Last weekend, Mrs. Black and I were enjoying an all too rare dinner out together. Just the two of us at a local restaurant, while the kids were happily at home in the care of their favorite sitter.
Towards the end of dinner, I got up and went to the restroom. Two minutes later, and with my legendarily poor sense of direction on full display, I attempted to exit the restroom through what turned out to be a storage closet!
It was filled to the brim with supplies: paper towels, toilet paper, cleaning products, paper straws, take-out containers of all shapes and sizes, and more. I am happy to report that I did not steal any of these items. But I certainly could have.
Because although there was a lock on the closet door, it had not been secured. In other words, while somebody at some point had decided that the supplies were worth safeguarding, in practice, they were there for the taking.
The Concept of Least Privilege
“Least Privilege” means exactly what it sounds like: giving people, both inside and outside of an organization, the least amount of access (privilege) to data, systems, and assets that are needed to get their work done.
In the case of a restaurant, customers need access to the restroom facilities — they don’t need access to the contents of the supply closet. Which is why it should be kept locked.
From a cybersecurity standpoint, this same scenario plays out in organizations every day. Many times, it’s because the systems themselves are not set up to differentiate appropriate levels of privilege between different users:
- Try setting up an admin in your Google Workspace who can administer Multi-Factor Authentication (MFA). They need to be a “Super Admin,” which gives them access to everything!
- Our payroll system has a lot of different privileges, but it always seems that we have to give higher level permissions to our accountants for them to get their work done (which does not include running payroll).
- Our old marketing system for sending emails required that the newsletter guy, who may edit this very sentence, had to have permissions for everything. Our current system has more fine-grained permissions.
Other times, even when the capability to establish fine-grained permissions exists, companies don’t take advantage of it (i.e., the “door” is left unlocked).
For example, we have seen AWS accounts where the entire engineering group has full administrative permissions to the cloud hosting environment, enabling them to push code, make changes, and download data. Other times, we go into a small company and discover that full admin access is in the hands of dozens of people, including contractors and even former contractors.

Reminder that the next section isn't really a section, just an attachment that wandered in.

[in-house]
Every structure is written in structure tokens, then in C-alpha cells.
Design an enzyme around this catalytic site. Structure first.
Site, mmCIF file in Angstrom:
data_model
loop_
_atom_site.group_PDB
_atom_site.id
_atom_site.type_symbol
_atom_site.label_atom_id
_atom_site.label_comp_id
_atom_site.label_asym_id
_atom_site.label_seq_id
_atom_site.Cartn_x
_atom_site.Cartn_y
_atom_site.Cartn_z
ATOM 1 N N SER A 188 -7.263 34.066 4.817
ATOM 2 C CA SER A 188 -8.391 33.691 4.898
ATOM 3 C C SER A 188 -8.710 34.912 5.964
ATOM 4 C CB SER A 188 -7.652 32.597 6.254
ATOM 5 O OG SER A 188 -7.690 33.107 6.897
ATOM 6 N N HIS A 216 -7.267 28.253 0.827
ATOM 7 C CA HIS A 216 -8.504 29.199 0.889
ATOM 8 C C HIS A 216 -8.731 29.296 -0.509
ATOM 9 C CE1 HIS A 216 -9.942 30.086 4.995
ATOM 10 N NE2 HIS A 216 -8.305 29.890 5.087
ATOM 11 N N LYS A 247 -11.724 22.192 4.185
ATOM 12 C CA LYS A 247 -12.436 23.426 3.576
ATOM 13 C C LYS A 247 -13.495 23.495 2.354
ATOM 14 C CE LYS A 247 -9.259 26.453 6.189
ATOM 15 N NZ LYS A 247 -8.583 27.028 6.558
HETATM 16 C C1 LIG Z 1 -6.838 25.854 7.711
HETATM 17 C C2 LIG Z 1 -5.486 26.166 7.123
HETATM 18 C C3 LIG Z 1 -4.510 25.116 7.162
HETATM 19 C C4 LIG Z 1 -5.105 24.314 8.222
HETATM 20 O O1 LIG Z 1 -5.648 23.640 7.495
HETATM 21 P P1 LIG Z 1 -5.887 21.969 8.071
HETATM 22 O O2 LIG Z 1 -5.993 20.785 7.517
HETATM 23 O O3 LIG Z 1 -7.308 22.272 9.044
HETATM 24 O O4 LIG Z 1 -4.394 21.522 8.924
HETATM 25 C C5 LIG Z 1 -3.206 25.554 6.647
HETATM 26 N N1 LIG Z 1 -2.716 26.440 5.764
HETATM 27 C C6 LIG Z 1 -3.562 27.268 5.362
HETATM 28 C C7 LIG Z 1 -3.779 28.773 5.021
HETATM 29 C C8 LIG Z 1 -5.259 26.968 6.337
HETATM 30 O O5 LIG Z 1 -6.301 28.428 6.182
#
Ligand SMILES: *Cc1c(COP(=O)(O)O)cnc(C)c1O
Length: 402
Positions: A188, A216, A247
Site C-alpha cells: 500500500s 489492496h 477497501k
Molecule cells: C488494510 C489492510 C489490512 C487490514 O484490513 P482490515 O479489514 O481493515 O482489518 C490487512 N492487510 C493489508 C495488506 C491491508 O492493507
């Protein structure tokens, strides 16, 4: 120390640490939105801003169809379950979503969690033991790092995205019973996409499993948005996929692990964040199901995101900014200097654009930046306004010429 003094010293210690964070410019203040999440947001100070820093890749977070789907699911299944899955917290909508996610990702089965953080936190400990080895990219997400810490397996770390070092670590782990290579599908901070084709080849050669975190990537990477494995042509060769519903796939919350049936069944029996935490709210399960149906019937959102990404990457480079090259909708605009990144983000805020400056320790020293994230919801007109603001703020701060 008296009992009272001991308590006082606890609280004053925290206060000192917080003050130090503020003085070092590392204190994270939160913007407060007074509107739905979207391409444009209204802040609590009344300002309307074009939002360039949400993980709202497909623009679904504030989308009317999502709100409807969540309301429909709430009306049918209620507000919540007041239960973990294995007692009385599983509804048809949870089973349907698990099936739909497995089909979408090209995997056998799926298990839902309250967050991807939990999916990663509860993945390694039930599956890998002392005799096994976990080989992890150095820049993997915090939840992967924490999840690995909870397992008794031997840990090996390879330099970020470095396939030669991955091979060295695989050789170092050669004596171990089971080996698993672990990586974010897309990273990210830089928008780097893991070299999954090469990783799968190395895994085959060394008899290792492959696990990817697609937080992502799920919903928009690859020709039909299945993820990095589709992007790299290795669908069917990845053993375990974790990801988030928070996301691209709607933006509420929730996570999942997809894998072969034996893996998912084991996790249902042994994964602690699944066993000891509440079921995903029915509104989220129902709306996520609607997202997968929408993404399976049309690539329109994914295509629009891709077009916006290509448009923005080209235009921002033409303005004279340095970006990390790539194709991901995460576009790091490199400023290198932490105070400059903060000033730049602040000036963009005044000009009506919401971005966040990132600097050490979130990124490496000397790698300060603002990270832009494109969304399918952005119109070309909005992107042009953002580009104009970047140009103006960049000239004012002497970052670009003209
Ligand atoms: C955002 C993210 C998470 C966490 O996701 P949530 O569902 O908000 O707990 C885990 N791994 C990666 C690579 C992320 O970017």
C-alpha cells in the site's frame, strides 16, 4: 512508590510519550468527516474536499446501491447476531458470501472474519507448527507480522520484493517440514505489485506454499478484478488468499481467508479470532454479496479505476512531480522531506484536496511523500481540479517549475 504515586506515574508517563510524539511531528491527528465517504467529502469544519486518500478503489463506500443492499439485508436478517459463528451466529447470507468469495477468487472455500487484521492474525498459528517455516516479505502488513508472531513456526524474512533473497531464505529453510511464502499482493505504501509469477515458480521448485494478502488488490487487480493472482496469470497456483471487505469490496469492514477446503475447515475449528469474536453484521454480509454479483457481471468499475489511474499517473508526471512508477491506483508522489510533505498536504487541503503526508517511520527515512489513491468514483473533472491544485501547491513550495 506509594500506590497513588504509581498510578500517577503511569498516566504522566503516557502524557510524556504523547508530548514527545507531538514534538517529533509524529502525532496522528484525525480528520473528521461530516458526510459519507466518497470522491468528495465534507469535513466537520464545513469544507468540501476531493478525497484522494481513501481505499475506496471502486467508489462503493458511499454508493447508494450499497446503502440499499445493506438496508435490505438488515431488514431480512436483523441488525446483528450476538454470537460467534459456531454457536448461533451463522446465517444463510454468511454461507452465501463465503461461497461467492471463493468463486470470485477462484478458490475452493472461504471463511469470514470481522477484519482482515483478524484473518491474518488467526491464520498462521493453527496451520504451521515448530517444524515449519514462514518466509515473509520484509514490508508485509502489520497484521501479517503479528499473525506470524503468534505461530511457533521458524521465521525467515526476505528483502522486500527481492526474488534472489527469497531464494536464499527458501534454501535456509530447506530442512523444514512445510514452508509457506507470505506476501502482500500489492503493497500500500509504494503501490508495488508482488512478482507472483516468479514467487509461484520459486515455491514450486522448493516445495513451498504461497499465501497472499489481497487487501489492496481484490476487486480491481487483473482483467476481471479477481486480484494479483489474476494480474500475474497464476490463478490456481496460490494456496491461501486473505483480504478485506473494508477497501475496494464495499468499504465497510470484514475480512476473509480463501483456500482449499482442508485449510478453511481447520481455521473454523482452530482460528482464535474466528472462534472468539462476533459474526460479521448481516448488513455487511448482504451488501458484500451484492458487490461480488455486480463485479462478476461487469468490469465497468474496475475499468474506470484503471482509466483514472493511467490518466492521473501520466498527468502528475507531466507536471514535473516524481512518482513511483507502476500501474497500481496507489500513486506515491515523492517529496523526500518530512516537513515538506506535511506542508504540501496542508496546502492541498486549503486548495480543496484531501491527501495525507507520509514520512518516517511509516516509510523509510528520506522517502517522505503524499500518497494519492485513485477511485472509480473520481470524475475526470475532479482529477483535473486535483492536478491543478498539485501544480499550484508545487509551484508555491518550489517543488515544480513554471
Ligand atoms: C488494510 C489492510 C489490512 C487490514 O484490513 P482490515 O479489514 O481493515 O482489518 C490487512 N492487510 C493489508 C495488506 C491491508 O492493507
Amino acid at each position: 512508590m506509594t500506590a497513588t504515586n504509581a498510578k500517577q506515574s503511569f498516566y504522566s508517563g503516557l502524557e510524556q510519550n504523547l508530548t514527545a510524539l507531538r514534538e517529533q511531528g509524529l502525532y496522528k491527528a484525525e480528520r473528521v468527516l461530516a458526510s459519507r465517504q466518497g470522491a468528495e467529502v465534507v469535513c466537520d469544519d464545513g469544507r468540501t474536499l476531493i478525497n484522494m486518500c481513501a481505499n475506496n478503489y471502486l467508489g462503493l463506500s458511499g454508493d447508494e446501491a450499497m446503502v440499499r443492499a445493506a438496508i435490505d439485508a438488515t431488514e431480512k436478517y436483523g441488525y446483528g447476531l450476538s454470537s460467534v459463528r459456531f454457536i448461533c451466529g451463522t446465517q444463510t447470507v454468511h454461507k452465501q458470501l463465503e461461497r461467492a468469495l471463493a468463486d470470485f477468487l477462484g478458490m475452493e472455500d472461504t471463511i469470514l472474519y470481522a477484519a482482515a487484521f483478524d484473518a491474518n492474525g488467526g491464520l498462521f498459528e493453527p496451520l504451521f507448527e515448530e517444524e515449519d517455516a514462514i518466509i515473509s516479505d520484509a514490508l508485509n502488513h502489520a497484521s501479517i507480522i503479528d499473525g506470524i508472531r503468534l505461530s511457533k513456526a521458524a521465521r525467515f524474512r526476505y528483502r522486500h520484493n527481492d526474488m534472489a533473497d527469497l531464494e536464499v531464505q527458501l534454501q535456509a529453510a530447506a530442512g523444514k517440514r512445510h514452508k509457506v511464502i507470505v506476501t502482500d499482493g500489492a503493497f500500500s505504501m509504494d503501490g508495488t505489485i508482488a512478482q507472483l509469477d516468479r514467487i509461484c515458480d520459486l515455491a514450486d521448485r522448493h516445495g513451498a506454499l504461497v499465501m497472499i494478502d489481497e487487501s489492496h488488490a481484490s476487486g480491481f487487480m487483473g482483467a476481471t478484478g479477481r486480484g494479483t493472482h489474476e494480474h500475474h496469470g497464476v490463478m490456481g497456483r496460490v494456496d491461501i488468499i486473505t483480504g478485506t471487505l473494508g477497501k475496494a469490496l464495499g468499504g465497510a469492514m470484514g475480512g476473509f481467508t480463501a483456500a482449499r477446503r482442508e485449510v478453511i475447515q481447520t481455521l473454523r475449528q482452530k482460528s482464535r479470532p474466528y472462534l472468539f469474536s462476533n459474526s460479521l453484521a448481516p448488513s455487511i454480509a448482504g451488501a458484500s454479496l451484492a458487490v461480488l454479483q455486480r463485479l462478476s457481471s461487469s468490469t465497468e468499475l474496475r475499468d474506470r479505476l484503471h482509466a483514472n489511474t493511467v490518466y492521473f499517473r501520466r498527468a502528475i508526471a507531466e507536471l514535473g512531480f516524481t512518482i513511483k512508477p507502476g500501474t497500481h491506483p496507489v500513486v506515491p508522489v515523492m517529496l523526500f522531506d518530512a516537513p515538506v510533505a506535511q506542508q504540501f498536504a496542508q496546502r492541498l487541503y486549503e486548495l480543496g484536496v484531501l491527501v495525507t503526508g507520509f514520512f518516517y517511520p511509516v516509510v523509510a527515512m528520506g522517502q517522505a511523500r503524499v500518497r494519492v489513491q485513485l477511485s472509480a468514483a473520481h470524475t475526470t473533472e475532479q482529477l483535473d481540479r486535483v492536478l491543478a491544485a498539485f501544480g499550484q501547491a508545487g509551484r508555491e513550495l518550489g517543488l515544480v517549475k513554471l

All of these examples are problematic! It takes just one bad actor who gains access to a single computer with these permissions to create absolute havoc — deleting the company’s hosted product, altering or stealing data, locking others out. In other words, really BAD stuff.
What Can Be Done?
Three simple things to keep in mind…
#1. Define who needs to accomplish what with a particular product.
For example, if you have a Slack channel or SharePoint folder regarding a sensitive topic or containing confidential customer information, does EVERYONE need access? Or maybe someone works in accounts payable and needs to know that we are being charged for X… but does not need check writing privileges!
Take the time to determine who needs what.
#2. Drive this concept through your team.
As my supply closet experience demonstrated, locks only work if people use them. The folks in your organization need to understand Least Privilege so they can make good decisions. Absent that, they will tend to violate the concept for the sake of convenience.
So help them to understand the risk — from bad actors as well as from innocent mistakes or from the accidental viewing of confidential information. What was set up by IT at the beginning needs to be practiced every day.
#3. Audit the results.
Periodically, look at your shared folders, permissions to systems, and any other places where you store important data. The quality of any safeguards put in place tends to degrade over time as responsibilities change, information evolves, and folks come and go. So make sure that the people who have access still should have access.
Stay Vigilant, or Least Privilege will fail
If all of this feels like a pain to set up and manage, I get it. It is.
But, like locking the door to your house when you leave or maintaining unique and complicated passwords for the online services you use (you’re doing that, right?), the extra effort today will help prevent a really, really bad event tomorrow!
In the meantime, I know where I’m heading when the next pandemic hits and we need to stock up on toilet paper!
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